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Four Ways to Get the Buy-In for Your Hyperconvergence Migration Case

Daniel Kum, DCG Product & Alliance Director, Lenovo Asia Pacific and Matt Young, Vice President for Nutanix Asia Pacific and Japan | July 7, 2016
While hyperconvergence offers adopters a host of benefits, there are four key advantages that can help IT teams present a persuasive case to decision-makers.

This vendor-written piece has been edited by Executive Networks Media to eliminate product promotion, but readers should note it will likely favour the submitter's approach.

Maintaining leadership in the volatile IT space requires businesses to adapt, learn and execute with speed and efficiency. Supporting such developments requires IT organisations to find innovative and cost-effective ways of investing in growth opportunities despite shrinking resources - that is where hyperconvergence comes into play.

One of the critical factors testifying to the ability of IT teams is to develop or improve the skills needed to better manage hybrid and enterprise (private) cloud environments. Hyperconverged infrastructure is a natural fit for these on-premise cloud implementations. According to a recent study conducted by Solarwinds, only half of the IT professionals surveyed cited sufficient levels of support from leadership and the organisation as a whole. This challenge can be addressed with the adoption of hyperconvergence that allows organisations to take full advantage of enterprise cloud computing.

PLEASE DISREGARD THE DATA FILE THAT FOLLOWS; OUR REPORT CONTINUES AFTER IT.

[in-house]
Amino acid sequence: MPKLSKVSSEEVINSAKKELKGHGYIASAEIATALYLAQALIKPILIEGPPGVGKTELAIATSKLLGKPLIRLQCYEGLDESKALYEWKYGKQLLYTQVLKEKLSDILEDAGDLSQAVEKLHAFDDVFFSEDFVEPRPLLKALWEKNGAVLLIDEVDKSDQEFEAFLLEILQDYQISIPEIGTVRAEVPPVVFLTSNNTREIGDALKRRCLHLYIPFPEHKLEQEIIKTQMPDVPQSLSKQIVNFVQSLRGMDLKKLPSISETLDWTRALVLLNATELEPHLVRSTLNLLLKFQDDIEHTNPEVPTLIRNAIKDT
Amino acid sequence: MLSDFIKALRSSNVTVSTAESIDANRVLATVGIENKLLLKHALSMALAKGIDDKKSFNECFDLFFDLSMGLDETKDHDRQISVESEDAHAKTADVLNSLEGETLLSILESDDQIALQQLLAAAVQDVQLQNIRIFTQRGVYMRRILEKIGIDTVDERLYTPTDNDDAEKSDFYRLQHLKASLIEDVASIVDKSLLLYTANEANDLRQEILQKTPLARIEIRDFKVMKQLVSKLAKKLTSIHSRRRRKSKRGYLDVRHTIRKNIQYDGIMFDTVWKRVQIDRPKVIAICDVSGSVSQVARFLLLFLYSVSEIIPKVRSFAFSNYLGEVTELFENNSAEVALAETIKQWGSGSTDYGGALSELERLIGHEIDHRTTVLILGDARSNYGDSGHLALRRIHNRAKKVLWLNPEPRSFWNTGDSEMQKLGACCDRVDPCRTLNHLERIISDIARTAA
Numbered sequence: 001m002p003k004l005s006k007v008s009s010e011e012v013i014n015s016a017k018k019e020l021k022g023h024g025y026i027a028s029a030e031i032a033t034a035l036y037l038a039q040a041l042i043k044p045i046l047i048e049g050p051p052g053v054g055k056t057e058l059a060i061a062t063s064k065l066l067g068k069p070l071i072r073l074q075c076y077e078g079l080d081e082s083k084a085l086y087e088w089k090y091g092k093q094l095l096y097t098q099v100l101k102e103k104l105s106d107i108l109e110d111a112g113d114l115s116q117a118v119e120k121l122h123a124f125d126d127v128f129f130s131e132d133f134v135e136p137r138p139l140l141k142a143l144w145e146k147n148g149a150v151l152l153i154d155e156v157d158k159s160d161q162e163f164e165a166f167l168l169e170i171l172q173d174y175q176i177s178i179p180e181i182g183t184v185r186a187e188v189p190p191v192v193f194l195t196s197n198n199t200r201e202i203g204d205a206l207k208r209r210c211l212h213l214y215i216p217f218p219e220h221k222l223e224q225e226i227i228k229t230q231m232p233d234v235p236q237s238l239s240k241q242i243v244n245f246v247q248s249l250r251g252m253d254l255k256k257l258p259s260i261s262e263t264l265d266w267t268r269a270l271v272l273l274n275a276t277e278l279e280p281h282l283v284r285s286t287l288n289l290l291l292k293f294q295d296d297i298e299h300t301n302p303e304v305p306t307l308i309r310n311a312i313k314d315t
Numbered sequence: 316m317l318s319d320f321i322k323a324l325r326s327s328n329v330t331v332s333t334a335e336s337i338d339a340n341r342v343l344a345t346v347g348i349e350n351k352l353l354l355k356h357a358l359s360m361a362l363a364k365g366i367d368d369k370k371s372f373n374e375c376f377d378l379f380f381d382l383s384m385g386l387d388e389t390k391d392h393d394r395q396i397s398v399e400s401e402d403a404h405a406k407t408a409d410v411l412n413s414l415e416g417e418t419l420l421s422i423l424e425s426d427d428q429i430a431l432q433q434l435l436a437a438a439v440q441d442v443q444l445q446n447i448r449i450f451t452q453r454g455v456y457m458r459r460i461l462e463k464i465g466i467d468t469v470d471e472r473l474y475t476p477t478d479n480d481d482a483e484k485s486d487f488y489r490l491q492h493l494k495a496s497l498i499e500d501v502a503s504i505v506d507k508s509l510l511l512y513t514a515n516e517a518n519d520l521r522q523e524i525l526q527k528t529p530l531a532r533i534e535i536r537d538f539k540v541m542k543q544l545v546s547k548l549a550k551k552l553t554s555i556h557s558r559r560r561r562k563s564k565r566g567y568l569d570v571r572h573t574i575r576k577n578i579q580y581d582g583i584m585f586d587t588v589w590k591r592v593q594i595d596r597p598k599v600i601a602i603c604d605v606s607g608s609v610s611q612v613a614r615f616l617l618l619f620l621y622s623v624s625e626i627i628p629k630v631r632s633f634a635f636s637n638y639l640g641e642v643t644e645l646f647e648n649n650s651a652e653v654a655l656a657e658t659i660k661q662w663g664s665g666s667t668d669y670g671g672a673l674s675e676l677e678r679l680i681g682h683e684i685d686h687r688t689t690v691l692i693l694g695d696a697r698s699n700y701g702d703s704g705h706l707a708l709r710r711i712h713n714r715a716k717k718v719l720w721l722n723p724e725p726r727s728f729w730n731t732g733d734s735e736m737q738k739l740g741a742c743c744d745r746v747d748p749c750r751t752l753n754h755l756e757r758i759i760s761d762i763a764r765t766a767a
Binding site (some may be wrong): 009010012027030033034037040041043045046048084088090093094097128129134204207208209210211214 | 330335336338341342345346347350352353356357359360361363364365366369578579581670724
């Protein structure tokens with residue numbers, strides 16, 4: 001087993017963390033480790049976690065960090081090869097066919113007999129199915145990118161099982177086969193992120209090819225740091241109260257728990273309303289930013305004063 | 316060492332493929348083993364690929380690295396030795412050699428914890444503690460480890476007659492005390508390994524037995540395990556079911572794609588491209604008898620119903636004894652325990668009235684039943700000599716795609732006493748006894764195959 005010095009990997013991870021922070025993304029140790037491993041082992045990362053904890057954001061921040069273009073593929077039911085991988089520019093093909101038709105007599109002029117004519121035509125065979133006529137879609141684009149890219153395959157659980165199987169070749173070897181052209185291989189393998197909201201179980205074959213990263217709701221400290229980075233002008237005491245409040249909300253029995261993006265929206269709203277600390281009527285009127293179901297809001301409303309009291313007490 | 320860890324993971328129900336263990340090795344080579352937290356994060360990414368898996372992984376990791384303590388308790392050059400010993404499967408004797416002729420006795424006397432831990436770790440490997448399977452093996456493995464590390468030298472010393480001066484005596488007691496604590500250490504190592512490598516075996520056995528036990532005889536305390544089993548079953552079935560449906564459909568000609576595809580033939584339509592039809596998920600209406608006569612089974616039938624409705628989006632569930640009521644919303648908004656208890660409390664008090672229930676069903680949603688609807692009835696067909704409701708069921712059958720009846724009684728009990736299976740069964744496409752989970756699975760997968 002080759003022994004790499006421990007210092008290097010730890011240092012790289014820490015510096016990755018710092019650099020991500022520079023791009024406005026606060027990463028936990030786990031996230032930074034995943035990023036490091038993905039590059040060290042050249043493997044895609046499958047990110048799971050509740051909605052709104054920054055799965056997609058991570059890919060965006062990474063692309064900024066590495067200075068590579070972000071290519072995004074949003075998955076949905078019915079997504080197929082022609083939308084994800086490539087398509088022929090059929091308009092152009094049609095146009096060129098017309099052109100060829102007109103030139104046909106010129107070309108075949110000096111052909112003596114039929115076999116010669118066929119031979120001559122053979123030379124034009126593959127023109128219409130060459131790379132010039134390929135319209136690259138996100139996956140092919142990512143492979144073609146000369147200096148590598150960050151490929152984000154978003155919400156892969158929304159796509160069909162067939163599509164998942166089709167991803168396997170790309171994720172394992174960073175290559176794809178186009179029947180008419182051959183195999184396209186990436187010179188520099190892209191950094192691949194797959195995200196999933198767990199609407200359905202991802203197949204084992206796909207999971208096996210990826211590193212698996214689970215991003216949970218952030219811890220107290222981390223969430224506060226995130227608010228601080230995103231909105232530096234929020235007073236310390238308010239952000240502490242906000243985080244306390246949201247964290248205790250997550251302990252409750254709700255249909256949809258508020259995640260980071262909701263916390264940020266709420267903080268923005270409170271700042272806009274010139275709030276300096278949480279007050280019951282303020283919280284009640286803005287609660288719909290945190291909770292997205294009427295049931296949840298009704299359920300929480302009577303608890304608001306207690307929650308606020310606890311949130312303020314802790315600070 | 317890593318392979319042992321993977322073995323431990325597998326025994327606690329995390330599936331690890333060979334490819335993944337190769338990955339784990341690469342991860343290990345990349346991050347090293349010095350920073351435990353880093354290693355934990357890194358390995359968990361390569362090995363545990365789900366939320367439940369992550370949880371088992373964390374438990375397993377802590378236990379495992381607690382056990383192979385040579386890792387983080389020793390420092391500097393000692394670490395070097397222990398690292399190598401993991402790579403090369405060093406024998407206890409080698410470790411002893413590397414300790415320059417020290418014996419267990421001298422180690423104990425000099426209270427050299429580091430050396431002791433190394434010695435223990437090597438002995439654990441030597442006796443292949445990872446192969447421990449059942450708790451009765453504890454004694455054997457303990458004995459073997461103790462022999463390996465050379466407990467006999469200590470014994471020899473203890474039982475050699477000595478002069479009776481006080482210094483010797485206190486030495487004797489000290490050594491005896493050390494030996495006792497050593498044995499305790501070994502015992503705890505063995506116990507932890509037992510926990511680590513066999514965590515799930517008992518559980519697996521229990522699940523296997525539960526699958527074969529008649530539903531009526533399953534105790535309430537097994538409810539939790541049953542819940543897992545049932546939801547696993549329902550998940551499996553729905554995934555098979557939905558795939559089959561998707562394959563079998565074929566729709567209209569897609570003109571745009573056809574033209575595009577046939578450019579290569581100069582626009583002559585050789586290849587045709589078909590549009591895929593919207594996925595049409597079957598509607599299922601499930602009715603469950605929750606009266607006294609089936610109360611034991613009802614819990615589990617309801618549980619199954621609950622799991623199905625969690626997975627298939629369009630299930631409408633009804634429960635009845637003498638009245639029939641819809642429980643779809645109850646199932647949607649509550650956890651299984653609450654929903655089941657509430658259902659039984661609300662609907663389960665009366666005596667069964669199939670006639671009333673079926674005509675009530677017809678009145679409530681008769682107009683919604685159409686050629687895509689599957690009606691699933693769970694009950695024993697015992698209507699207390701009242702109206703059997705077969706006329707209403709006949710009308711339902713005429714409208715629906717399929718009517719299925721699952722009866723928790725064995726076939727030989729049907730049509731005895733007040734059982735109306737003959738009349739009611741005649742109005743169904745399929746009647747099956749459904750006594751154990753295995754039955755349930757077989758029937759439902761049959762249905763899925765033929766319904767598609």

A complete data centre conversion to a hyperconverged architecture often requires the migration of applications and systems to an entirely new infrastructure, a process often met with reluctance due to the heavy investment of time and money that would be involved. Fortunately, this is easily mitigated by starting with smaller, individual IT projects rather than a full re-engineering of data centres - for example, choosing a clearly identified project requiring new infrastructure, such as VDI, and testing out the adoption of hyperconvergence with that.  Only once the benefits of hyperconvergence (compared to the cost and complexity of legacy infrastructure) are realised, would IT customers start adding more IT workloads to their hyperconverged infrastructure.

Ease of learning is another benefit of a hyperconverged infrastructure. With a single management interface spanning compute, storage and virtualisation, much of the challenge in provisioning and monitoring the separate pieces of legacy infrastructure is removed.  This helps IT leadership offer stronger support to their teams.

Since simplicity and ease of learning removes one of the top barriers in adoption, IT leadership promotion of hyperconvergence will help spark business transformation towards being agile and responsive.

While hyperconvergence offers adopters a host of benefits, there are four key advantages that can help IT teams present a persuasive case to decision-makers:


Converged systems handle multiple tasks, resulting in the need for fewer IT specialists devoted to each task. Improved efficiency also helps to foster innovation by allowing IT teams to focus on deploying new applications and services which contribute to the development of the organisation instead of just "keeping the lights on" - i.e. maintaining complex legacy infrastructure. A recent study by research firm IDC showed that increased business agility accounted for nearly 43 percent of the overall total benefits in companies running hyperconverged solutions.


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